I am a huge fan of Beyoncé. Like, HUGE fan. I include her words of inspiration in many of my corporate speaking presentations. My damn last name is Carter. The CATCHPA for the first version of my website was her name.
Whenever I’m asked during an event, like Create & Cultivate (pictured below) who’s music I want to come out to, I always say “Run The World (Girls)” by Beyoncé.
I’ve been know to watch her documentaries, like, a LOT.
— Christine Michel Carter (@cmichelcarter) March 11, 2022
My love goes BEYOND what I can SAY (see what I did there ’03 Dangerously in Love fans?), so it was quite easy to think of ten times Beyoncé got me together and made me feel like I could handle working motherhood. Times she made me repeat what her director and choreographer Frank Gatson Jr. said, “if you gonna come into my lane, make sure you put your blinker on.”
Like I said, Beyoncé Giselle Knowles-Carter, or Ms. Tina’s daughter (who she got this shit from and who I’ve had the pleasure to interview), has been my inspiration since 1997. Why would you try her? Why even bother?
Here’s how Beyoncé keeps me motivated as a mom.
#10: When she wears Mommy & Me outfits.
I mean, I’ve even covered this for ForbesWomen. How cute?!
#9: Whenever she breaks “Sasha Fierce” character for Blue.
My heart melts when Blue Ivy says “Good job B!” at the end of “Daddy Lessons.” Or head to the 4:50 mark of this video and tell me your heart doesn’t melt. What working mom wouldn’t want to hear their child’s voice in their most powerful moment? (And that gentleman standing next to her- none other than Frank Gatson Jr., by the way.)
#8: When she announced her first adidas x IVY PARK collection.
I’ve heard she ensures her daughters have matching versions of all her outfits, which after seeing subsequent IVY PARK collections I 100% believe. But this first drop, where the commercial featured Blue Ivy… it was too much for my mind. I did of course buy IVY PARK, because… Beyoncé.
#7: When she “mother”f***ing performs, of course.
Just trying to figure out how to balance being a mother …. and giving myself creativity and physically. It is a lot to juggle.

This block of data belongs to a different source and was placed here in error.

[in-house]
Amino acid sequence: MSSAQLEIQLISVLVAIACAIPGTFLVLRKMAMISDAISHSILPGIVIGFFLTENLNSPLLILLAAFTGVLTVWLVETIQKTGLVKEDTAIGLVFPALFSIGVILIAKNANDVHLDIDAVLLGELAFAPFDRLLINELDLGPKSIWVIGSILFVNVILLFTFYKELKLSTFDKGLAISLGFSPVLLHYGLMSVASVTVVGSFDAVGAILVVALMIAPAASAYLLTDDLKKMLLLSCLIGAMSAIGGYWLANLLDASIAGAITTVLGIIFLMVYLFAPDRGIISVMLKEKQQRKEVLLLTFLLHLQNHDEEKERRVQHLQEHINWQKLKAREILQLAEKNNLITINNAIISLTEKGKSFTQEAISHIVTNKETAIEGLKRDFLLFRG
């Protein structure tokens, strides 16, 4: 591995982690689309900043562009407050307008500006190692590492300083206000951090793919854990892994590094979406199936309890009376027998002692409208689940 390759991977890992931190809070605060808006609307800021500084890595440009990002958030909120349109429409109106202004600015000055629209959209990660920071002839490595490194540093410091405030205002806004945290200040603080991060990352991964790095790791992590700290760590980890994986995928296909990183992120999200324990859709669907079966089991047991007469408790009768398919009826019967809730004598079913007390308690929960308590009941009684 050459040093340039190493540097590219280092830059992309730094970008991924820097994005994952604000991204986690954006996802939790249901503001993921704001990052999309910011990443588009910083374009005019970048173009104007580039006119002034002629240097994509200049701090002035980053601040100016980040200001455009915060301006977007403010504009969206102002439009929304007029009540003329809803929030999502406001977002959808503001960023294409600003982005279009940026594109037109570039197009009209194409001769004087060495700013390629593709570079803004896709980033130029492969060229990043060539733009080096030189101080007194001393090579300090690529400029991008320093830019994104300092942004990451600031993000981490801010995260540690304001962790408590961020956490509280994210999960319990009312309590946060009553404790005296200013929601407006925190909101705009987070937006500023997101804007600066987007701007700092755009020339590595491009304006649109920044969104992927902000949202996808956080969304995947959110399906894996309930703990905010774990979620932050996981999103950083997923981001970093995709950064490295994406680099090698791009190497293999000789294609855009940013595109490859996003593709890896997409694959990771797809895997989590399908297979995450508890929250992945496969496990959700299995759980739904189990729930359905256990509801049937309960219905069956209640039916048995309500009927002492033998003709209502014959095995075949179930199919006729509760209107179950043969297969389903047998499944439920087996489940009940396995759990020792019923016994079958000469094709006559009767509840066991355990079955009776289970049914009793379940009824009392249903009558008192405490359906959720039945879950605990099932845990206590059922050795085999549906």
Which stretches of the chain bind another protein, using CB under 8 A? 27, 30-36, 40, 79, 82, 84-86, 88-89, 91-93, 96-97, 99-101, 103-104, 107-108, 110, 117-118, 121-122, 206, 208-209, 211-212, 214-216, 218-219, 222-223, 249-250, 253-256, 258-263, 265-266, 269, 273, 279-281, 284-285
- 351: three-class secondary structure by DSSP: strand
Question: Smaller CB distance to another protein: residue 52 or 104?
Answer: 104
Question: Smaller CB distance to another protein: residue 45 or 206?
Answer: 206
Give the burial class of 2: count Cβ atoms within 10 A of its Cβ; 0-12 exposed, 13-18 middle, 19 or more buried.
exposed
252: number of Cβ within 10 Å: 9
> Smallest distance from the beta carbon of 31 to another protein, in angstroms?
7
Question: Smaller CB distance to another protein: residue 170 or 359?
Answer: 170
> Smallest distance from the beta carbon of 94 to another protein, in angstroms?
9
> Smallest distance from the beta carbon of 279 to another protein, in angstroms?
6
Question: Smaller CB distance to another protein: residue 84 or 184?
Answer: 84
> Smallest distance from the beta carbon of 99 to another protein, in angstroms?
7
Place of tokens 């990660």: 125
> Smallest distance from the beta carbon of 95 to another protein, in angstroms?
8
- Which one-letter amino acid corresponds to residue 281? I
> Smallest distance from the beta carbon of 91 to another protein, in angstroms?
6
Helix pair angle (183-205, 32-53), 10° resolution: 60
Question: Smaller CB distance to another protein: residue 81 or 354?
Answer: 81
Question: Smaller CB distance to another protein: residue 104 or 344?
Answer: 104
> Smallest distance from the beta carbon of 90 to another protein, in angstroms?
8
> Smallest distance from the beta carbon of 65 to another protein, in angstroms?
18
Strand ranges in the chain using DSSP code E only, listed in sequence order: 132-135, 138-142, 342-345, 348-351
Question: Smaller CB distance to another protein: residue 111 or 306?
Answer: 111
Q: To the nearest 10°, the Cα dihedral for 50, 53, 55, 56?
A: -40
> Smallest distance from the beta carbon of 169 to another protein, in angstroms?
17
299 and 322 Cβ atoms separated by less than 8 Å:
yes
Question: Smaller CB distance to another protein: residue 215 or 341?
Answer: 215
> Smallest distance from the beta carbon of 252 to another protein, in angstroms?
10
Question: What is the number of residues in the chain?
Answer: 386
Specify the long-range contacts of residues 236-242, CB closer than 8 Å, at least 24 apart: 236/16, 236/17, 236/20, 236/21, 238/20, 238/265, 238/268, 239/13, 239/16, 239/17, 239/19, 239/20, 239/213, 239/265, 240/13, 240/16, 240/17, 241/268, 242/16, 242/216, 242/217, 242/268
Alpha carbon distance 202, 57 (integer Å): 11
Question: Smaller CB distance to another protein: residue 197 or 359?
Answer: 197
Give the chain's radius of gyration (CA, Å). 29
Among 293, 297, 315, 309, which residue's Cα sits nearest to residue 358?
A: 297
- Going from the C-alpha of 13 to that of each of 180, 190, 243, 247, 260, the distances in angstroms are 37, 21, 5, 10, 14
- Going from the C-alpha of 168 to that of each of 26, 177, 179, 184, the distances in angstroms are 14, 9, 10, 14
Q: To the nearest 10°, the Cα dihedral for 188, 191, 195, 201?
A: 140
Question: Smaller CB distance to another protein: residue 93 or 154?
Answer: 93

Yes, that is me in between her legs on the bottom left with my ex-husband, when she came to Baltimore.
#6: When Beyoncé tells you about how she is unapologetically raising her kids via her song lyrics.
Boy, you know you love it
How we’re smart enough to make these millions
Strong enough to bear the children (Children)
Then get back to business
– Run The World (Girls)
I like my baby heir with baby hair and afros
I like my negro nose with Jackson Five nostrils
Earned all this money, but they never take the country out me
I got hot sauce in my bag, swag
#5: When I walk around my house and see her face.
You better believe that is Beyoncé as Mona Lisa hanging in my office. I was forced to make a decision after hanging my U.S. Senate commendation: keep Beyoncé hanging in my office or display my kids’ artwork. It was a goddamn no brainer.
#4: When I thanked her before thanking my parents in my book, MOM AF.
Oh, wait! Beyoncé!
In all moments of praise, we must thank our Suga Mama, who art in L.A. or NYC, hallowed be thy sweet ass frame. Thank you for being such an inspiration. We don’t deserve you, and by we, I mean black women, black men, and humanity periodt. I love you, girl. If I ever meet you, I’m gonna be like Jerome was all over Pam Grier, singing, “I Wanna Get Next to You” at the Players Ball.
Yes, Kenneth Epps and Marsha Parham, I took the time to make a special paragraph about Beyoncé but didn’t call you out independently. Deal with it. (You’ll both have a problem with that, proving you are, in fact, just alike.)
– MOM AF Acknowledgements
#3: When she turned her babies into a brand too.
#2: When Beyoncé talked about having preeclampsia.
“I had an extremely difficult pregnancy. I had high blood pressure. I developed toxemia, preeclampsia. And in the womb, one of my babies’ hearts paused a few times so I had to get an emergency C-section.”
#1: Because at the end of the day, Beyoncé is just a glorified juice box holder, just like us everyday working moms.
Bio: Featured in The New York Times and The Washington Post, Christine Michel Carter is a best-selling author, award-winning advocate, and the #1 global voice for all moms. She helps women navigate the significant impact of motherhood on their professional careers. She elevates the honest truths of working motherhood as a Senior ForbesWomen Contributor, the author of the children’s book Can Mommy Go To Work?, and the author of the adult novel MOM AF.
She is also a working parents and women’s ERG subject matter expert; employees have ranked her signature mental health talk the best corporate programming event of the year. She’s also worked on the maternal initiatives of Vice President Kamala Harris and received a Congressional Citation from the U.S. Senate for going “above and beyond in ensuring that Black Moms and Moms of Color have access to important health information for their children and families.”